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Opinion: ‘It was the best of times, it was the worst of times’

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Credi crunchThe opening line of the famous Dickens novel 'A Tale of Two Cities' aptly describes the situation the training community now faces, says Garry Platt, who advises that in the next 18 months, only those with real business acumen will survive.







As I write this piece the CBI are expressing the view that the recession we are in will be deeper and longer than first expected. We are probably facing 18-24 months of extremely tough economic conditions. In these circumstances we can make some fairly reliable predictions about what will happen to training and development.

Photo of Garry Platt"Trainers and consultants with an emphasis on financial evaluation and business-focused outcomes will have an edge in this market."

Without doubt budgets will be cut back and in some situations training will be stopped altogether. It is certain to be the case that some trainers will find their income reduced significantly and training organisations will need to review their financial predictions and expectations. There is nothing apparently very positive about this situation and in the short term I would agree. Longer term, however, there may be some good to come out of this.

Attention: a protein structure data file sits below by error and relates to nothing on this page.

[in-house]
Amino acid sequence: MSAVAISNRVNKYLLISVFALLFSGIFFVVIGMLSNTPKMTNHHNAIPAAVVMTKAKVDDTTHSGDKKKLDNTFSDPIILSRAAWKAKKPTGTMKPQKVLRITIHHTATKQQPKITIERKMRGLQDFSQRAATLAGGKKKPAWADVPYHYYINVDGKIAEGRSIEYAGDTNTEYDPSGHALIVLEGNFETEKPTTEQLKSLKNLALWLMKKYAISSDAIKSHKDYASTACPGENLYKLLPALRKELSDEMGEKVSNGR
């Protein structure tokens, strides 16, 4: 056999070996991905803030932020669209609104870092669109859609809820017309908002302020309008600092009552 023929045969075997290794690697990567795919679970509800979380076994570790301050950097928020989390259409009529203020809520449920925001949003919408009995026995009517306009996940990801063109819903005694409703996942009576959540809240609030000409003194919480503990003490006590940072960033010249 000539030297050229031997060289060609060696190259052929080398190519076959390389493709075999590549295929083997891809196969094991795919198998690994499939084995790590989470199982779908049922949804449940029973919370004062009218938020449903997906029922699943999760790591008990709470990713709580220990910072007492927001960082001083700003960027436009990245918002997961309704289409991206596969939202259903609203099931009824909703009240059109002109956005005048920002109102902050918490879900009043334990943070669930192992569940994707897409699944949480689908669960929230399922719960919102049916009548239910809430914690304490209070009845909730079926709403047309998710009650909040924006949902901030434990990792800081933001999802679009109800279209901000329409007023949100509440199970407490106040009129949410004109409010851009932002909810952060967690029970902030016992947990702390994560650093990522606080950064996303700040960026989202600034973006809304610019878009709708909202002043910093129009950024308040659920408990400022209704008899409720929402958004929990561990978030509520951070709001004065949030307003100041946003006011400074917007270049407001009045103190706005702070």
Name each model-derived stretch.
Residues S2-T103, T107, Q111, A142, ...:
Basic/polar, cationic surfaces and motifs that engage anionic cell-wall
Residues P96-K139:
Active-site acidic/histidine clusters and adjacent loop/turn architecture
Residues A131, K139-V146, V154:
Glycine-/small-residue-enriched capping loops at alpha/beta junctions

The purpose of training is of course to benefit the host organisation on whose behalf the training is being delivered. Some trainers would decline to agree with this and place the individual’s needs above the company. In terms of facilitating their learning and retention of knowledge and skill I believe they are correct in doing this. But the outcomes and results of that learning should be entirely focused on the requirements of the organisation with the learner acting as the conduit. This is an elementary but important goal for training and yet (as we all know) there is frequently an absence of connection between what the trainer does and the benefits accrued to the company.

Superficially there are typically proposed connections but the words used to describe the commercial outputs are to say the least ambiguous: synergy, dynamism, maximised potential, strategic, impactful and commercial. These words sound good but aren’t traceable. They essentially mean nothing. Will this kind of unfocussed training still exist and prosper in the future climate?

When managers look to develop staff will they do it against indefinite outcomes and non-specified results? Incredulously, in many cases they will. Knowing no better and being creatures of habit we can be fairly certain that it will be 'work as normal'. But what we can also be certain of is that in a significant number of organisations senior managers and finance departments will be looking very closely at the training which is done and much more importantly asking: Why? That downward pressure will I hope add momentum to the outcome driven approach to training.

"Events which are not directly linked to defined results will be increasingly exposed to close scrutiny. Tough questions will be asked of this training, which for years has flown under the radar without much attention being paid to it."